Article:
That’s OK. I know I can be boring. But it’s a demonstration of the secret power of mobile devices. They are teleportation machines, which can transport you away from the place you are physically in.
    And most cultural heritage visitors don’t want that. They have come to our places (they may even have used their phones to help transport them to this place – with on-line bookings or GPS route-finding) to be in the place.
    Of course, that doesn’t stop all sorts of people using mobile devices to “gamify” cultural heritage interpretation. This game at the National Maritime museum, is an example of one that adds new technology to the classic acquisition trigger. You co round the world, collecting crew and cargo from various ports. It adds the challenge trigger to the mix, because you can only SEE the ports if you look at the giant map through the screen’s interface.
  4. There’s a lot of research currently looking at interfaces for cultural heritage (Reunanen et al., 2015) considered for example, getting visitors to make swimming motions in front of a Kinect to navigate a simulated wreck site. But the more I read, and the longer I considered it, I’m more and more of the opinion that there is an interface for cultural heritage that technologists are ignoring: (click) Walking around, looking at stuff.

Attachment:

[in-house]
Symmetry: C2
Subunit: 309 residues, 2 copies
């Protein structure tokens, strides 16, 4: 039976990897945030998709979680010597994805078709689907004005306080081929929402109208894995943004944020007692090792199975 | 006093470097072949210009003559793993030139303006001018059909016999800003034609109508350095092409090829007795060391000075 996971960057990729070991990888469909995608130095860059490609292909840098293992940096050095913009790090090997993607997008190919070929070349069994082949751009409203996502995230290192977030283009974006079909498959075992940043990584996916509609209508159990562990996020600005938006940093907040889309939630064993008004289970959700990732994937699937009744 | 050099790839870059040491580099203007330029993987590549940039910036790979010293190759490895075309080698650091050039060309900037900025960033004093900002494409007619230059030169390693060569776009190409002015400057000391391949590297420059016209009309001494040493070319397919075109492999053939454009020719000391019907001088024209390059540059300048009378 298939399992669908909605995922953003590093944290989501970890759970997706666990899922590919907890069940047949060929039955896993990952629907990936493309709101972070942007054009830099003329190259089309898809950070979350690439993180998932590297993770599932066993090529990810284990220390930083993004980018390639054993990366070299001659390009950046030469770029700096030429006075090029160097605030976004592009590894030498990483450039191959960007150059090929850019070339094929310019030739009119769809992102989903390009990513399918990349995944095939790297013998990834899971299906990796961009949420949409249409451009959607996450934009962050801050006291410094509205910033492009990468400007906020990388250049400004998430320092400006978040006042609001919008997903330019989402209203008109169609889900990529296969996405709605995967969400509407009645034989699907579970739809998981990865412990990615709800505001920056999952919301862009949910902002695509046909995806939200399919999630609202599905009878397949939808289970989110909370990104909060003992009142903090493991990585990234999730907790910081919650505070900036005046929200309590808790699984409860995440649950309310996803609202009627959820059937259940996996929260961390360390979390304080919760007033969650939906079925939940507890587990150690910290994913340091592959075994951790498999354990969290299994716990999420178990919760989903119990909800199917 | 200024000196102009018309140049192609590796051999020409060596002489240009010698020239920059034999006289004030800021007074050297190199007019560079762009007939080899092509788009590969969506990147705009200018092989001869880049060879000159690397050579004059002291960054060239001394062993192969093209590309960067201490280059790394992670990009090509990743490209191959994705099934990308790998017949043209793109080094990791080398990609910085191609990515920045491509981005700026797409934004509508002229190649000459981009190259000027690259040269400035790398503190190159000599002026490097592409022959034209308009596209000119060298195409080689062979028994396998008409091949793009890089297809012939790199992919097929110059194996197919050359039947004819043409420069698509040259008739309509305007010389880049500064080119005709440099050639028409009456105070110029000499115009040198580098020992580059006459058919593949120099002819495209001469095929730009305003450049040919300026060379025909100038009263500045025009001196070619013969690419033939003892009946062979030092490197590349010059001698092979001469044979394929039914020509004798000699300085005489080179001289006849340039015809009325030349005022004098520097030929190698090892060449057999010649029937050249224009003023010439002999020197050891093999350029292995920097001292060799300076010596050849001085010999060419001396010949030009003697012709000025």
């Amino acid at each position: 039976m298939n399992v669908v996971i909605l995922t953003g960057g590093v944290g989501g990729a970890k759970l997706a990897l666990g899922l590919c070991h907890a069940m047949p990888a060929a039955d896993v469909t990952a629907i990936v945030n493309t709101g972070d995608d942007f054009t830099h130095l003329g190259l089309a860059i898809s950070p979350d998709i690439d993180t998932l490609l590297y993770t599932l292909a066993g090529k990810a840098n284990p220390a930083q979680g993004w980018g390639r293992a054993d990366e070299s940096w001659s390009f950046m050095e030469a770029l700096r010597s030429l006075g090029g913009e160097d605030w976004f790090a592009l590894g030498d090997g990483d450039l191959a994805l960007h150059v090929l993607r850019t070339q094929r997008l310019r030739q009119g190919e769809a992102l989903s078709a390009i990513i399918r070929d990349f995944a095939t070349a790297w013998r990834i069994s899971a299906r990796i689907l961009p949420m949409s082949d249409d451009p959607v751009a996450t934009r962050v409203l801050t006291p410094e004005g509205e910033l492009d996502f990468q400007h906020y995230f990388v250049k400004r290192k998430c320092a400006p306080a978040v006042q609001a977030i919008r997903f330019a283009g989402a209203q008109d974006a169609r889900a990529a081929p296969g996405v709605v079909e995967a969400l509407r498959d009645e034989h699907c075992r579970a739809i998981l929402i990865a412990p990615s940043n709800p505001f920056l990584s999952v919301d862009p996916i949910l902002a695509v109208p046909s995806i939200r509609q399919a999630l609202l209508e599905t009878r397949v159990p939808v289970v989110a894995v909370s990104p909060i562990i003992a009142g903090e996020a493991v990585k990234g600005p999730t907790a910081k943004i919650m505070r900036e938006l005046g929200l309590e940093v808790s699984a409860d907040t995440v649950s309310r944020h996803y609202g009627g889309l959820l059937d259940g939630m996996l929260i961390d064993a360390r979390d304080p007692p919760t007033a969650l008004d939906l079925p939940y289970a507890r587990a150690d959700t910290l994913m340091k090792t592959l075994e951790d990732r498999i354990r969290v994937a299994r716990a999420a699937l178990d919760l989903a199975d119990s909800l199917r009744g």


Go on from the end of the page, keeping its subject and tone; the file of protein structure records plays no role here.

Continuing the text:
5. Now, when it comes to storytelling, “walking around looking at stuff” is not without its problems. People like to choose their own routes around cultural heritage venues, avoid crowds, and look only at some of the objects.
  6. What that means, is that sites often tell their most emotionally engaging story, the beginning, (click)middle (click) and end ( click) towards the beginning of the visit, with a multimedia experience in the visitor centre, or if they can’t afford that, an introductory talk. Then, everything else (click). Which is what game designers call a branching narrative. And what Aylett (Aylett, 2000, Louchart, 2003) calls the “Narrative Paradox … how to reconcile the needs of the user who is now potentially a participant rather than a spectator with the idea of narrative coherence — that for an experience to count as a story it must have some kind of satisfying structure.” (Aylett, 2000). We can learn from our games address with paradox.